Losing the beard in court may help some men appear more innocent

Losing the beard in court may help some men appear more innocent

A successful criminal defense strategy often includes a number of important factors. In addition to carefully examining the facts of the case, it is often helpful to determine which aspects of the defendant’s physical appearance are most likely to influence a jury, either positively or negatively.

Especially when it comes to criminal charges like rape, assault and other violent crimes, a defendant’s courtroom appearance is closely yet subconsciously scrutinized by jurors. We have previously written about studies showing that defendants who wear glasses are more likely to be regarded as kind, intelligent and to be judged not guilty. This is sometimes referred to as the “nerd defense.”

Earlier this year, two international researchers published the results of a study suggesting that men with beards may appear more threatening than clean-shaven men when making an angry face. Bearded men were viewed this way by women and by other men.

Researchers conducted the study by showing pictures of bearded men to study participants, as well as pictures of those same men while clean-shaven. The beards did not add to perceptions of sexual attractiveness, but they did make a man appear more threatening when he also wore an angry look on his face.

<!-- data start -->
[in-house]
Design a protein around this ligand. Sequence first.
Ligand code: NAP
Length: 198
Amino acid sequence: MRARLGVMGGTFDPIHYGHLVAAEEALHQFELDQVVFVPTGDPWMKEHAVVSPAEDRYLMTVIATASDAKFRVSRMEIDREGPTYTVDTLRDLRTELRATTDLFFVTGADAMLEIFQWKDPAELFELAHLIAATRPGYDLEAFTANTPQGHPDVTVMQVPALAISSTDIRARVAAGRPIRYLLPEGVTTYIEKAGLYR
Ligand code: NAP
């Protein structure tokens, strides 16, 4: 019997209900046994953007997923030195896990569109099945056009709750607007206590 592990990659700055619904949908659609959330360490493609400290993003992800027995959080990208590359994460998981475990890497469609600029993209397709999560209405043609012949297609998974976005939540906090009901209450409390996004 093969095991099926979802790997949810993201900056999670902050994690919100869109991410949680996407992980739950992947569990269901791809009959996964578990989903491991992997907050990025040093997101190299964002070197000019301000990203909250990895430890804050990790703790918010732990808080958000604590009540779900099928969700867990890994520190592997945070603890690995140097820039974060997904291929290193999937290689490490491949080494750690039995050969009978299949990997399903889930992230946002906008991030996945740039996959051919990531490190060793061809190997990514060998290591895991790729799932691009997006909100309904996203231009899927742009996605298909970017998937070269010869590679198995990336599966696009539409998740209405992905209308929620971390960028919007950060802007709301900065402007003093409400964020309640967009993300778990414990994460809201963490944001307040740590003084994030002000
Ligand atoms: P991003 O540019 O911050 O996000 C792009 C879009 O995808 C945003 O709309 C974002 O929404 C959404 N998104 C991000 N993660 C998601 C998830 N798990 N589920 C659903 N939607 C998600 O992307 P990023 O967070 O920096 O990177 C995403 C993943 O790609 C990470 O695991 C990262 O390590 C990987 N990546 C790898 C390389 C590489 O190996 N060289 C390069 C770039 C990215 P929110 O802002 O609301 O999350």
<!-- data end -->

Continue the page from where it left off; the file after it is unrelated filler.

One of the study’s authors explained: “Bearded men with angry facial expressions received significantly higher scores for aggressiveness compared with clean-shaven faces … This suggests that the beard plays an important role in intermale signaling of threat and aggression.”

Previous studies have also shown that the beard effect may have significant implications in criminal law. A 2004 study in New Jersey asked hundreds of participants to “sketch the face of a criminal offender. Eighty-two percent of the sketches contained some form of facial hair.”

In studies where “jurors” in fictitious sex-crime cases were shown pictures of male defendants, the bearded ones were more likely to be perceived as guilty.

The authors of the recent study did note that there are several positive societal associations with beards as well, including maturity and courage. But in criminal trials, especially for violent crimes, a male defendant may need to work especially hard to show that he has a “kind” face.

In some cases, that may entail a clean shave and studious pair of glasses.

Source:¬†MSNBC, “Sorry, guys: We judge you by your facial hair,” Brian Alexander, May 10, 2012